Brian Switek’s Written in Stone

To anyone who takes even the most cursory look at the natural world around them, it is obvious that life on earth is an amazing, interconnected system that is constantly changing and adapting.  The theoretical cornerstone to understanding this system is the theory of evolution, initiated by Charles Darwin in his 1859 book On the Origin of Species and developed beyond his wildest imaginings in the 150 years since.

So much has been done, in fact, that it is very difficult to see the forest for the trees when it comes to evolution!  A fundamental piece of the puzzle has been the discovery of numerous fossils of prehistoric animals, and the study of such fossils, paleontology, has led to a deeper understanding of the origins of all life on Earth today, including humanity.  Still, the path to today’s scientific understanding has been subject to twists and turns, dead ends, and drastic changes of course.  Even for one who has a reasonable understanding of evolution, it can be difficult to see how we came from Biblical literalism (Adam & Eve, Noah & the Ark) to arrive at our enlightened understanding of nature today.

The new book by Brian Switek, Written in Stone, to be available mid-November, aims to remove this confusion (I received a review copy in advance from the publisher):

In this engaging and enlightening book, Brian simultaneously explores two important “hows” of biological science:

  1. How did life on Earth develop from the earliest simple forms to the creatures we see today?
  2. How did we come to study and understand this process?

To answer these questions, Brian takes us back and forth through history, from the first misunderstood discoveries of fossils to cutting edge discoveries made within the last couple of years (though often still misunderstood).  Along the way, we learn about the people, places, events and, perhaps most important, things (fossils) that contributed to our understanding.

The book is divided into chapters that individually look at different difficult and often contentious aspects of paleontology.  It is a great approach to the material, as the history of the subject is very tangled and a chronological discussion of the field as a whole would be rather inscrutable to the reader.

In the text, we are treated to chapters such as:

  • From Fins to Fingers, tracing the means by which prehensile fingers evolved from relatively simple fins
  • Footprints and Feathers, discussing how the non-bone traces of prehistoric life provided new insight into their evolutionary history and their behavior
  • Behemoth, a description of megafauna both past and present and our understanding of their survival and extinction.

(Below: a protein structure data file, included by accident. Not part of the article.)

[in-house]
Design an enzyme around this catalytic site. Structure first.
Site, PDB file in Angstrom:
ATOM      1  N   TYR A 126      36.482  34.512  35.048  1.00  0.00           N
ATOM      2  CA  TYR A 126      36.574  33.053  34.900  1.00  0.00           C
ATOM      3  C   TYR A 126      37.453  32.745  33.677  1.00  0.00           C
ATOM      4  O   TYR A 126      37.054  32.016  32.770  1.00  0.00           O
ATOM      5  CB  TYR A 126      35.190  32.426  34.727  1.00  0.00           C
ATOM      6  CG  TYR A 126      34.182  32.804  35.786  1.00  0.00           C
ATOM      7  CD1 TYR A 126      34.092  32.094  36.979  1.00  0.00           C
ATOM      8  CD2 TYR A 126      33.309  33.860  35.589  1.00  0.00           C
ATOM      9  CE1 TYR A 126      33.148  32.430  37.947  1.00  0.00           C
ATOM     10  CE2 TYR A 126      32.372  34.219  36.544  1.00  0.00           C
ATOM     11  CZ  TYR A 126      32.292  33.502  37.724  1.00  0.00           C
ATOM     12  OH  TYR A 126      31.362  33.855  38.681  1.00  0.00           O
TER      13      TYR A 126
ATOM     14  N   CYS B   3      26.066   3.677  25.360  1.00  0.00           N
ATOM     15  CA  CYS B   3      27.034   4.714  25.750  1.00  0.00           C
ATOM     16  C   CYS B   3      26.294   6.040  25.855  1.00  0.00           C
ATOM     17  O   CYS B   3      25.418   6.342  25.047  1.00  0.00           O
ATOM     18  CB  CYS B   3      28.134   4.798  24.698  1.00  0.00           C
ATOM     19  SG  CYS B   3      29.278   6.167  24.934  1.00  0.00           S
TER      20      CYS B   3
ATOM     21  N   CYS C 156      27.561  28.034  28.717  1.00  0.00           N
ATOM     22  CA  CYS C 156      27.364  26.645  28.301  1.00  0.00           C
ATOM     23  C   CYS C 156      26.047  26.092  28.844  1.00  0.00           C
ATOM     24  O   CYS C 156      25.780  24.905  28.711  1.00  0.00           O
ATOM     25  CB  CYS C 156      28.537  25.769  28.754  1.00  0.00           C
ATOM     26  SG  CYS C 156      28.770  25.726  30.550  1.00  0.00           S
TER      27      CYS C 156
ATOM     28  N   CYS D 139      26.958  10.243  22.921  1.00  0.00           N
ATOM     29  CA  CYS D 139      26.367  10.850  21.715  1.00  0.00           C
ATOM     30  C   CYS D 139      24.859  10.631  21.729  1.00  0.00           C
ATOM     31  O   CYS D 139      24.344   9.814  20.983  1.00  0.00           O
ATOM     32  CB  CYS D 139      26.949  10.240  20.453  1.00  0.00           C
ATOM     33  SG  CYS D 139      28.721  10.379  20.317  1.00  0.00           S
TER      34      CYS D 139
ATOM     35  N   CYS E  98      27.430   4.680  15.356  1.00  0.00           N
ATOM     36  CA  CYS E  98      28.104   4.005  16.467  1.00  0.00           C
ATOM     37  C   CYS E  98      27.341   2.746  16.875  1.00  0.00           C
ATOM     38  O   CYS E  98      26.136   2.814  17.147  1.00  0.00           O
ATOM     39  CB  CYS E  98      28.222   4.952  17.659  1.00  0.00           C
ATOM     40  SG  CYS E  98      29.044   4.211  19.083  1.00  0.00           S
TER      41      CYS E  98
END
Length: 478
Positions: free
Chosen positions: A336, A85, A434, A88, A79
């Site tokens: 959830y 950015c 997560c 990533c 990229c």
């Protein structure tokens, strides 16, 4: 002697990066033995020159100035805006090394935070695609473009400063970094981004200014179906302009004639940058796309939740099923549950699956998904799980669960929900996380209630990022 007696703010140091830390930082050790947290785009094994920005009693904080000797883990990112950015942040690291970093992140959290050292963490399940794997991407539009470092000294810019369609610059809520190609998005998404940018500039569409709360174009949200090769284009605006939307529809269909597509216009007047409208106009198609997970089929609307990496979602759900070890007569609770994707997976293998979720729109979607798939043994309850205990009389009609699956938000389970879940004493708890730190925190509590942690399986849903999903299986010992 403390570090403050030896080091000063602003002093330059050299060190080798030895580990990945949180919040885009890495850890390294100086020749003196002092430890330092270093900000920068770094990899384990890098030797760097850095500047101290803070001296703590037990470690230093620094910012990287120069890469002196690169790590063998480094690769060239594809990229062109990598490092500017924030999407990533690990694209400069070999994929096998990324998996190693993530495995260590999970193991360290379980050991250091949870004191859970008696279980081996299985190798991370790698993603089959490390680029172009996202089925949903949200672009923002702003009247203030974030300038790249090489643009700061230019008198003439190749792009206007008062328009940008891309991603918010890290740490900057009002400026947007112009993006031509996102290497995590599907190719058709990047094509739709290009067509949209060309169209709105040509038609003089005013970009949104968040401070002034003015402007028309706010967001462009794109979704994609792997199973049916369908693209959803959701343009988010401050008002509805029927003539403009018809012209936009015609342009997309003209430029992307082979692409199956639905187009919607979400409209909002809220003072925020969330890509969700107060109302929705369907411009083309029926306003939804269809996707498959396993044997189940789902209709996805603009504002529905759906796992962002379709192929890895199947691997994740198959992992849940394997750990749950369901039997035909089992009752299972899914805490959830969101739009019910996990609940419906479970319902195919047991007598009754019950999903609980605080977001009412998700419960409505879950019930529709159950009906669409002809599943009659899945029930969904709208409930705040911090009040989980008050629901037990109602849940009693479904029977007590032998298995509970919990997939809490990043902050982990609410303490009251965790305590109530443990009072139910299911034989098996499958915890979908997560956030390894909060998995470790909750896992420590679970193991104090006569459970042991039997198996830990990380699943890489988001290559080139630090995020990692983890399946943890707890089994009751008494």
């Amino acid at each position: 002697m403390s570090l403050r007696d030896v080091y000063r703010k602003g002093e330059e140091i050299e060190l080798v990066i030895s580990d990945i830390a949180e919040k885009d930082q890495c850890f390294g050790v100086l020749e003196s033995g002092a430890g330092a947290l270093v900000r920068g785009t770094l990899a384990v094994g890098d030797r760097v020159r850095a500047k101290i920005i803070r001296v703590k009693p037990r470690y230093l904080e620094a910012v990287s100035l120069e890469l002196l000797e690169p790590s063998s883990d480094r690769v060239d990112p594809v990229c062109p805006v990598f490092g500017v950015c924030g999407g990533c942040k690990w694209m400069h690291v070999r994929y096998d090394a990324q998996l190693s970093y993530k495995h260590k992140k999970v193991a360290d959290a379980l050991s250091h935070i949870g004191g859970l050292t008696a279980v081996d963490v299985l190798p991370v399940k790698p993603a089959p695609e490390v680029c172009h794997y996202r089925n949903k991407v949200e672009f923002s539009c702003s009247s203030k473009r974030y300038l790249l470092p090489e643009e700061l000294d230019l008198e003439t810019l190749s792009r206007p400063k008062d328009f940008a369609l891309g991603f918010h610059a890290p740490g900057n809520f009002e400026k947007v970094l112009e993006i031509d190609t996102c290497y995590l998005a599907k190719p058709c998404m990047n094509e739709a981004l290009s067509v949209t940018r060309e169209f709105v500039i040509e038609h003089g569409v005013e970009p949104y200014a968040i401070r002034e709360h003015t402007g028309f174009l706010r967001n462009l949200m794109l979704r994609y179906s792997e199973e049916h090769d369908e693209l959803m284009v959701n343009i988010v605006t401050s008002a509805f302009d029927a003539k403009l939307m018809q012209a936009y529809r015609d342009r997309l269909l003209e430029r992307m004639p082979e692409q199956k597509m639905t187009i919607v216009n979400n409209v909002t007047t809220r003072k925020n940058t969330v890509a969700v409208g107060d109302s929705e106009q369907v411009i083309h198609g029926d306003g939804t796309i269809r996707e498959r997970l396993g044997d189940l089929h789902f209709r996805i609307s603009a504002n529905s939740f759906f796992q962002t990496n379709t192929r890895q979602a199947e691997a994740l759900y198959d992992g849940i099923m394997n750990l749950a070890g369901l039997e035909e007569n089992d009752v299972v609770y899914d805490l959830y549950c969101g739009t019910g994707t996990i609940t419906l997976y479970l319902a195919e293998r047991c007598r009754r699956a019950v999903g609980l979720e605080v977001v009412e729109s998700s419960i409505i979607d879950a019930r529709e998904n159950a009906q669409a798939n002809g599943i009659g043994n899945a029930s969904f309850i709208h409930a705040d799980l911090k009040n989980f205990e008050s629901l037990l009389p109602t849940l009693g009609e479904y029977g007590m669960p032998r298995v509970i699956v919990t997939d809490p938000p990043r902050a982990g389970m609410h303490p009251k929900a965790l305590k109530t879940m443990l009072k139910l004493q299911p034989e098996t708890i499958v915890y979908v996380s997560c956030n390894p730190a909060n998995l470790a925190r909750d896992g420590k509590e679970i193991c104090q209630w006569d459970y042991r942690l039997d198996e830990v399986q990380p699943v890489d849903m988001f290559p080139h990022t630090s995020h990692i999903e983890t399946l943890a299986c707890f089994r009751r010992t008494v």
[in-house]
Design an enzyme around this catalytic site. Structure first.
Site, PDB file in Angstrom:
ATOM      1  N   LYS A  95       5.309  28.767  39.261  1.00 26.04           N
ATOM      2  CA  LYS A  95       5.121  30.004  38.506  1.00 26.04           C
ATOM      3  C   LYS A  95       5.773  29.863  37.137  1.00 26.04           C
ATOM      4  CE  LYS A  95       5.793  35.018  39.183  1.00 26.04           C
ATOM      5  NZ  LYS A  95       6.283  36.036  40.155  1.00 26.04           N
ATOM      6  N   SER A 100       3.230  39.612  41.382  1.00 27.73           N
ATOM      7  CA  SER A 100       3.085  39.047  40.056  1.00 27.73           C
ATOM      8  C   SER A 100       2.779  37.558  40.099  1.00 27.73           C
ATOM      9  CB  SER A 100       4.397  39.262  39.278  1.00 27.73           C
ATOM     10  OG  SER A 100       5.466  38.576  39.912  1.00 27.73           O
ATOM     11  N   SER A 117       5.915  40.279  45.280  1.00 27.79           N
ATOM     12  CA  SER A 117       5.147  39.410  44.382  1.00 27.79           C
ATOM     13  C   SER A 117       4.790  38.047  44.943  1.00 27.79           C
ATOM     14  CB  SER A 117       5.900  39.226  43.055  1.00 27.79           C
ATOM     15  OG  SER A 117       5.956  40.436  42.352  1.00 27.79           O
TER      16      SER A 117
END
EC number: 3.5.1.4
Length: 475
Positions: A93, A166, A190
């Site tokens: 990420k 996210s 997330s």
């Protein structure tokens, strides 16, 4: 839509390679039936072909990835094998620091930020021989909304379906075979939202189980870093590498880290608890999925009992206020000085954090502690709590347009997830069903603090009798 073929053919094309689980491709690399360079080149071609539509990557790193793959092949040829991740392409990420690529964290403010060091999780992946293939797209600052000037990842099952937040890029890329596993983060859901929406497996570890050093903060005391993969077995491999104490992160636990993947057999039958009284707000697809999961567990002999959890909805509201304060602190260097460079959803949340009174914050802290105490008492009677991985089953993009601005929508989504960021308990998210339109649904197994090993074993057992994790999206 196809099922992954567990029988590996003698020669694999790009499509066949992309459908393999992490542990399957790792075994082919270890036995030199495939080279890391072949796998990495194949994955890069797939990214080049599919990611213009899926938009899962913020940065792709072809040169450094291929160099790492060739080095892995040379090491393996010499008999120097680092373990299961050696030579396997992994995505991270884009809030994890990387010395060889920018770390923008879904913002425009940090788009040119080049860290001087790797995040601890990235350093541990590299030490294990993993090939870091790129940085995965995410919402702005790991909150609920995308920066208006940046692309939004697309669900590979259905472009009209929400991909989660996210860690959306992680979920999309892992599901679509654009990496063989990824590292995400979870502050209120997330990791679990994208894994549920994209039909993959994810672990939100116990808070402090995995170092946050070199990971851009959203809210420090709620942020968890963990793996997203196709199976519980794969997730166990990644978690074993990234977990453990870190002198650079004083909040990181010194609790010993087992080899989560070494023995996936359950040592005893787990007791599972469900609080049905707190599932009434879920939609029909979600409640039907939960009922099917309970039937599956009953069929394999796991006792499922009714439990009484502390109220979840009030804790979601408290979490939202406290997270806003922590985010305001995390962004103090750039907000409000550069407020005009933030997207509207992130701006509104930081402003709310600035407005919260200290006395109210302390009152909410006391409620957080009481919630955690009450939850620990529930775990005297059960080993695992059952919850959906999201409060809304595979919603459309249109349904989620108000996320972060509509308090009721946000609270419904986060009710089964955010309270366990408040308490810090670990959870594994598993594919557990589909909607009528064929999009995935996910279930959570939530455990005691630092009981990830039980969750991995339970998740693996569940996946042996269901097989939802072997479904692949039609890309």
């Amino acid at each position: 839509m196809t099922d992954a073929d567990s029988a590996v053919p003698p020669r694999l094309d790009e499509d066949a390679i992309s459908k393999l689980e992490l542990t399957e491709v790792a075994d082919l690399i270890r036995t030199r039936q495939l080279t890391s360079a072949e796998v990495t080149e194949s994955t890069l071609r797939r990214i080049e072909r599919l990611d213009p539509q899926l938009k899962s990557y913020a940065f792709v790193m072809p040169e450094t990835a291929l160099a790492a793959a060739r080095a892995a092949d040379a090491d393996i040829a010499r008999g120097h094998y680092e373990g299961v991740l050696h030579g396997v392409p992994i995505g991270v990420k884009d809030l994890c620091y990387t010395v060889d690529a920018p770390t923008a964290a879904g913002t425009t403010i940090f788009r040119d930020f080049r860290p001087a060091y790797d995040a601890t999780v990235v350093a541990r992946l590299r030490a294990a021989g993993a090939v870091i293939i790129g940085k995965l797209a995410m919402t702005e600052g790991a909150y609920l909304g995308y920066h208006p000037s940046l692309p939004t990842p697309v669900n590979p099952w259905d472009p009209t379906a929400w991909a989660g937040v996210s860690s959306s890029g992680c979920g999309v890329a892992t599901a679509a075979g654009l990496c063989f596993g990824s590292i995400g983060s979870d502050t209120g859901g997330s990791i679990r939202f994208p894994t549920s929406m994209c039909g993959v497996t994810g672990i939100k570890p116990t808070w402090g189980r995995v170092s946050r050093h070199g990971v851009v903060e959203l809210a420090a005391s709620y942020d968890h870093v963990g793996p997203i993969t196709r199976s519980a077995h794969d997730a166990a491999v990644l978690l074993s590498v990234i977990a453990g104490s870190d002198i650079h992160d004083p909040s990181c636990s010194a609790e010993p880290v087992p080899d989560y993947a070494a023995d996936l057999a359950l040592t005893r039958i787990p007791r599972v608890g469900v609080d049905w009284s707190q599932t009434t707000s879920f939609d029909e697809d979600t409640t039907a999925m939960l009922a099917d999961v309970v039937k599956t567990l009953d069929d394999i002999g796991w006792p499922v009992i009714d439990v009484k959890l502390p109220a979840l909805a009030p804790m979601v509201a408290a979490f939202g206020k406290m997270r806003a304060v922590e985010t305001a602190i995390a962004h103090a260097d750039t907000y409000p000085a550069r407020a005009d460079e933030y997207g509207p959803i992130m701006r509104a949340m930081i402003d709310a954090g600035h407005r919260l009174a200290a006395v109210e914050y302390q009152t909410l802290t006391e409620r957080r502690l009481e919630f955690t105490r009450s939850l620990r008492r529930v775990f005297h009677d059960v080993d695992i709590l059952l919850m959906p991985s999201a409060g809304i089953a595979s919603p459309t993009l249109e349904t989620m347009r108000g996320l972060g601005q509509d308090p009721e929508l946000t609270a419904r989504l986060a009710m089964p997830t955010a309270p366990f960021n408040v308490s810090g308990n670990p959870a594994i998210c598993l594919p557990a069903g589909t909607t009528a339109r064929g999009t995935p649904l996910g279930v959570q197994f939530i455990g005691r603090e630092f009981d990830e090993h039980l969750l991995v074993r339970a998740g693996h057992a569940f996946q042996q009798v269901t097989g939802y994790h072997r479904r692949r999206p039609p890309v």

As I noted, the history of the different topics is an essential part of the story.  We are introduced to the characters who made the discoveries in question, and the often unusual and amusing ways in which scientific breakthroughs are made.  As history of science is one of my favorite indulgences, I particularly delighted in these stories of the early investigations.  The current state of the art is not neglected, though; it is quite remarkable how seamless each chapter is in taking us from the beginnings of understanding to our modern views.

The writing is simply wonderful: clear and to the point, and indicative of the author’s great passion for the subject matter.  Though there is some technical jargon introduced (primarily the Latin names of the prehistoric creatures), for the most part the book can be understood by anyone who has an interest in paleontology.

There is one caveat to this statement, however.  Though the book is readily understood by a layperson, it is dense — there is a huge amount of information contained in each page, and this will simply fly over the head of a distracted or attention-deficit reader.  It is not an “Evolution for Dummies” or “Idiot’s Guide to Paleontology”!  I liken Written in Stone to a full seven-course meal: it is meant to be enjoyed at one’s own pace, with each new course being savored and contemplated.  This is not meant to be a criticism at all; those who take the time to read the book carefully will be greatly rewarded.

Overall, I found Written in Stone to be a beautifully written tale.  Those who are interested in the “hows” and “whys” of evolutionary history and paleontology could hardly find a better book to delve into these secrets.

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2 Responses to Brian Switek’s Written in Stone

  1. Pingback: Quick Links | A Blog Around The Clock

  2. Pingback: Written in Stone – Reviews, Interviews, and More by Brian Switek. The finished copies of Written in Stone should be rolling off the presses within the next few days, and I am glad to say that the book continues to gain positive reviews as it finally mak

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